Senate Hopefuls Spar in Texas - In the spirit that now dominates the GOP, both say they hate the word "compromise."
Most candidates say they will fight for their values, but Mr. Cruz's promise has captured the imagination of conservative leaders. Sarah Palin, tea-party kingmaker Sen. Jim DeMint (R., S.C.), the small-government group Club for Growth and others hope Mr. Cruz will top Texas Lt. Gov. David Dewhurst in Tuesday's Republican primary for the Senate—or at least force Mr. Dewhurst into a runoff.
They are casting the 42-year-old Mr. Cruz as a leader of the coming generation of conservatives—the "next great conservative hope," National Review magazine called him—because of his personal story and résumé stocked with work for A-list conservative figures.
The son of a Cuban immigrant who entered the country with little money, Mr. Cruz earned a law degree at Harvard, clerked for the late Supreme Court Chief Justice William Rehnquist and served in President George W. Bush's Justice Department. As the former Texas solicitor general, Mr. Cruz won cases before the Supreme Court supporting the Pledge of Allegiance, the right to display the Ten Commandments on state grounds and Texas' right to execute a Mexican citizen convicted of murder.
Mr. Dewhurst, 66, displays irritation at Mr. Cruz's rhetoric. "He's never been in a fight in his life," he told a Republican party gathering in Athens, Texas, earlier this month. "I've balanced five budgets without raising taxes," Mr. Dewhurst said in an interview. "I'm interested in representing the people of Texas, not a couple of United States senators in Washington."
Mr. Dewhurst is a self-made millionaire in the energy industry and one of the most powerful figures in Texas government. But Mr. Dewhurst's nearly 10 years as lieutenant governor have prompted critics to label him part of the establishment and to say he "split the baby" in deals with Democrats on tax-and-spending cuts.
Nine Republicans are trying to succeed Sen. Kay Bailey Hutchison, a Republican who has served in the Senate since 1993, including former Dallas mayor Tom Leppert and former NFL player and sports commentator Craig James. But the primary is mostly a contest between Messrs. Dewhurst and Cruz.
The winner of the GOP contest is highly favored in the general election against the winner of Tuesday's Democratic primary. That race includes former state lawmaker Paul Sadler and political newcomer Sean Hubbard.
A poll last week by the Democratic firm Public Policy Polling found Mr. Dewhurst leading the GOP race by 46% to Mr. Cruz's 29%. Other polls have shown Mr. Cruz trailing by single digits.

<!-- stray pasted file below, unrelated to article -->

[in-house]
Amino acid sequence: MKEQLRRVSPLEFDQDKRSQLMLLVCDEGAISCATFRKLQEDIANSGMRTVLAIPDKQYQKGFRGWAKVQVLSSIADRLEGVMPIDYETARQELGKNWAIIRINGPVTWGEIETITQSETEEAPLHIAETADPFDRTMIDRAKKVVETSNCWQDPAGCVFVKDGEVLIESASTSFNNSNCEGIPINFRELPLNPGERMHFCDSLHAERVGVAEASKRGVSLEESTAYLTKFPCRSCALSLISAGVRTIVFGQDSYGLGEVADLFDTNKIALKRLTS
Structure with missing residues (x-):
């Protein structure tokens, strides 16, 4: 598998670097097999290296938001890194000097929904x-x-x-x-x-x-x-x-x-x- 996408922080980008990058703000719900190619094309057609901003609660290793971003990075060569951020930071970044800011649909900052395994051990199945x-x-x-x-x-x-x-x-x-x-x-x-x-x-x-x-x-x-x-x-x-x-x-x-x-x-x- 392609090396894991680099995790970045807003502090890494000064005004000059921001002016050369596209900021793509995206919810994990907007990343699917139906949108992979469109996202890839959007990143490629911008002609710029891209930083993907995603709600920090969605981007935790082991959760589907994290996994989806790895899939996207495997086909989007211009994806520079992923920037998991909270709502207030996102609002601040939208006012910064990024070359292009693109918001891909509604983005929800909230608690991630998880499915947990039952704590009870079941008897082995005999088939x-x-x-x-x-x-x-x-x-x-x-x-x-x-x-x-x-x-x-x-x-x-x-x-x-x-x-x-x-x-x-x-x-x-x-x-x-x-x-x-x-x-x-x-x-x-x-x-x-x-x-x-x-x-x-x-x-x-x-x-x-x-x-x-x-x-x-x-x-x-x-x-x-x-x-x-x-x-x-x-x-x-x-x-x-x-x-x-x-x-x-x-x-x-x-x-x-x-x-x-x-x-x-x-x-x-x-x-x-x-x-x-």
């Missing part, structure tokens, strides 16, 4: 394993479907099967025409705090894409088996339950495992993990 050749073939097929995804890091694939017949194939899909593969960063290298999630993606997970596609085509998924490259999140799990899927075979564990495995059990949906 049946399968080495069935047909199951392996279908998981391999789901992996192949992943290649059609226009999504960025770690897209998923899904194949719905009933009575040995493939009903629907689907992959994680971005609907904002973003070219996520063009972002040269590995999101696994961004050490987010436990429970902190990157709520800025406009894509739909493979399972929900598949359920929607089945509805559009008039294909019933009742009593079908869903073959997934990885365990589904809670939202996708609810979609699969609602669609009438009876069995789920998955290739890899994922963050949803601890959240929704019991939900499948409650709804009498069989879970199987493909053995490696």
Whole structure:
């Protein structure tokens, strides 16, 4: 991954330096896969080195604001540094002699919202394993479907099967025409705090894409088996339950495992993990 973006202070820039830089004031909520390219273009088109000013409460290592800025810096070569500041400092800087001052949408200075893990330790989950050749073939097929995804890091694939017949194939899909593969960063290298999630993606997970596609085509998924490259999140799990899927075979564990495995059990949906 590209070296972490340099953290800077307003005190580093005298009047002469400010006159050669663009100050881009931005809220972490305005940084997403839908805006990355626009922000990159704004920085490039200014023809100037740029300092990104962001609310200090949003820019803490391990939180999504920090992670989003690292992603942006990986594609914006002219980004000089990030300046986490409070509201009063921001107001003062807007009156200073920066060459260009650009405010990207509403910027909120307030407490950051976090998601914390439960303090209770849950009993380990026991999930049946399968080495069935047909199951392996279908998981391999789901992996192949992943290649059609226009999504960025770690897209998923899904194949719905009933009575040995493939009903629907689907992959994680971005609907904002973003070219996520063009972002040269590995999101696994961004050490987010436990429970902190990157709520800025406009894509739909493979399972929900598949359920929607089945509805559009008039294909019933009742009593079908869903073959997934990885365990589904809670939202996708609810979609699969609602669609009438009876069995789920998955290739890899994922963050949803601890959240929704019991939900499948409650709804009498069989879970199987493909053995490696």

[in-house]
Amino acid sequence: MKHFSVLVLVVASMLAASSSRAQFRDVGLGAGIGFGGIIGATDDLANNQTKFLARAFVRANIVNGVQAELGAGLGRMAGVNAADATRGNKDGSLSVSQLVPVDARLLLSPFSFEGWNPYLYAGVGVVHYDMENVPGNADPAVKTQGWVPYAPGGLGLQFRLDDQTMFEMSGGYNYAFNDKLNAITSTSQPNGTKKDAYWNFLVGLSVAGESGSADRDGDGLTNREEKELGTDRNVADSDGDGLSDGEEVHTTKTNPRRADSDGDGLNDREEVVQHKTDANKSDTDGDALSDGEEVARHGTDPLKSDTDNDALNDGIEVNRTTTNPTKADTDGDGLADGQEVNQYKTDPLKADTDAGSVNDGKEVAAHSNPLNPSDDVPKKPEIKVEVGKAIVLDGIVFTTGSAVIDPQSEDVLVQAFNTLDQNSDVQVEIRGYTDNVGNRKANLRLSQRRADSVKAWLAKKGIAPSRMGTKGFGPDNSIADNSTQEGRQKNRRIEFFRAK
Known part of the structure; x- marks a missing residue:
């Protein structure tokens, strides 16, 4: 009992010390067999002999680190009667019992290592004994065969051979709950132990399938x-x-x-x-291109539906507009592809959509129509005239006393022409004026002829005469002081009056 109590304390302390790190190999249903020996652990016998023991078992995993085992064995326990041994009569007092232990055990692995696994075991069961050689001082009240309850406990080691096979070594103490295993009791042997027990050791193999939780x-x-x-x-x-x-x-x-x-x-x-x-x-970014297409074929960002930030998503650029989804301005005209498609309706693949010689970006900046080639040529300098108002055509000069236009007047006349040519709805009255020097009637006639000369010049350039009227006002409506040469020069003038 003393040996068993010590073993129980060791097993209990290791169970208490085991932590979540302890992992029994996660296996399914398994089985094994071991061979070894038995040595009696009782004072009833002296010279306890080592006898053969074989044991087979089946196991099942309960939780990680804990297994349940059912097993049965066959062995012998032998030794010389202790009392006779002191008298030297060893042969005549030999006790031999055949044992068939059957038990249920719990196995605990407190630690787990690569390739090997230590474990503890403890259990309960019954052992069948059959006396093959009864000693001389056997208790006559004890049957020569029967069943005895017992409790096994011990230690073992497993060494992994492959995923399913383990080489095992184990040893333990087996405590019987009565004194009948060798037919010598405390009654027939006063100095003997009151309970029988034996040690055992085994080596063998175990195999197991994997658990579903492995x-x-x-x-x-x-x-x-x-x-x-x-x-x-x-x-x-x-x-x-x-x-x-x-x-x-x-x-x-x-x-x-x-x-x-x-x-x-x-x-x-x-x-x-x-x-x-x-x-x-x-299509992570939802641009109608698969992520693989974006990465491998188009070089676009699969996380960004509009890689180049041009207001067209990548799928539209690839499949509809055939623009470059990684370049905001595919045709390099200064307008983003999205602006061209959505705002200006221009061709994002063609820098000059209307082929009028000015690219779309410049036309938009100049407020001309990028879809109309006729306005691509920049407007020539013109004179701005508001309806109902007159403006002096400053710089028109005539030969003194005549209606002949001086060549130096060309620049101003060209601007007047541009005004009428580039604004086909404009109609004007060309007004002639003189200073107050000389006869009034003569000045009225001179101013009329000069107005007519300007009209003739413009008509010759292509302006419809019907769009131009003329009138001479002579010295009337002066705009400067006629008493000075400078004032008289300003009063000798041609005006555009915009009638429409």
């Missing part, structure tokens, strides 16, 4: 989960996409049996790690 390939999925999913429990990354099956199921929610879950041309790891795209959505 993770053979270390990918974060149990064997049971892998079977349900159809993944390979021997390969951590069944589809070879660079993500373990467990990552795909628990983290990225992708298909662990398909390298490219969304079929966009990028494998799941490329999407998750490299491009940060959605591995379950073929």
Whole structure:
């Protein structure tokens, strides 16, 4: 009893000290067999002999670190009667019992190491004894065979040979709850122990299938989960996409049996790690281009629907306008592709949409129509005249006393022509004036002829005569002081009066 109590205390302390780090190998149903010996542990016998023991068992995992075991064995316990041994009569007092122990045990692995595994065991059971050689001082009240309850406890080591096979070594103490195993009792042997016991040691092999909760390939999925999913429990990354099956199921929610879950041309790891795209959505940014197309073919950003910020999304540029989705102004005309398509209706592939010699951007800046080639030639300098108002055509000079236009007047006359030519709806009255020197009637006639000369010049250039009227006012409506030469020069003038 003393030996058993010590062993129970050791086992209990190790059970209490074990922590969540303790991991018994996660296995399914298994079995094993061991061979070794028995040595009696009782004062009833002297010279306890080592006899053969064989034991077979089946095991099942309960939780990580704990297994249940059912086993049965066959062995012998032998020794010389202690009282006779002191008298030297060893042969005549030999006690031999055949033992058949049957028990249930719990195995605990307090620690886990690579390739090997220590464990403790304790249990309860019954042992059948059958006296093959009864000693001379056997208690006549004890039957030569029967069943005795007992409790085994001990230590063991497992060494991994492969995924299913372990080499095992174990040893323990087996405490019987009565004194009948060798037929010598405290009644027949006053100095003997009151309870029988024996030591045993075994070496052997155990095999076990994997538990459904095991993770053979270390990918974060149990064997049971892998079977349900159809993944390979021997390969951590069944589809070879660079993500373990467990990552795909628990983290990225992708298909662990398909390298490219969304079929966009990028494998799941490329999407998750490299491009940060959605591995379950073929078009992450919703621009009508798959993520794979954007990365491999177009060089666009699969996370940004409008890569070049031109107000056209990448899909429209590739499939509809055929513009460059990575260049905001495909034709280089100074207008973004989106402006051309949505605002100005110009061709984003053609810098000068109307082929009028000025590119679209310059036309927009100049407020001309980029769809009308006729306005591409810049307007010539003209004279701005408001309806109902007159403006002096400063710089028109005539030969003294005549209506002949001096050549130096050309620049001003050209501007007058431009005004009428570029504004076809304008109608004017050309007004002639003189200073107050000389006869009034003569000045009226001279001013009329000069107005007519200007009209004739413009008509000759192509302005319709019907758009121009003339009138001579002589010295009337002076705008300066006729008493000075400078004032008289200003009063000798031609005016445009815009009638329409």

To win, Mr. Cruz must prevent Mr. Dewhurst from taking half the vote on Tuesday, forcing him into a July 31 runoff in which Mr. Cruz would hope to consolidate the opposition to Mr. Dewhurst.
If that happens, Texas would join several other states in which challengers have caused trouble for Senate candidates identified with the GOP establishment.
In Indiana, six-term Republican Sen. Richard Lugar lost his primary. In Nebraska, state Sen. Deb Fischer trounced heavy-hitting Attorney General Jon Bruning. In Utah, Orrin Hatch, the longest-serving senator in state history, was forced into a runoff.
As of May 9, Mr. Cruz had raised $5.8 million. Mr. Dewhurst raised $6.4 million but lent the campaign more than $12 million from his own fortune.
The lieutenant governor has spent millions on ads lambasting Mr. Cruz's representation of Chinese tire interests and saying he lacks experience. Mr. Cruz is working to tar his older opponent as a weak, moderate conciliator. "The establishment has circled its wagons around David Dewhurst," Mr. Cruz said.
Mr. Dewhurst bristles at the idea that Mr. Cruz, who has spent most of his adult career in government, is an outsider. "I don't know that Ted is having much success in pushing himself as the anti-establishment candidate, with his out-of-state endorsements," Mr. Dewhurst said.
Despite the ferocity of the contest, the two men back many of the same issues. Both want to repeal the Obama health-care law, Dodd-Frank financial-industry regulations and most limits on domestic oil and gas drilling. Both favor deep cuts in income taxes and federal spending. And in the spirit that now dominates the GOP, both say they hate the word "compromise."
To a large degree Mr. Cruz is running on his image as a revolutionary and his personal narrative. "What an enormous blessing it is to be the child of an immigrant who fled oppression," he said.
Mr. Dewhurst thinks it takes more than that to make a difference in Washington. "I'm the only proven, tested conservative in this race," he said.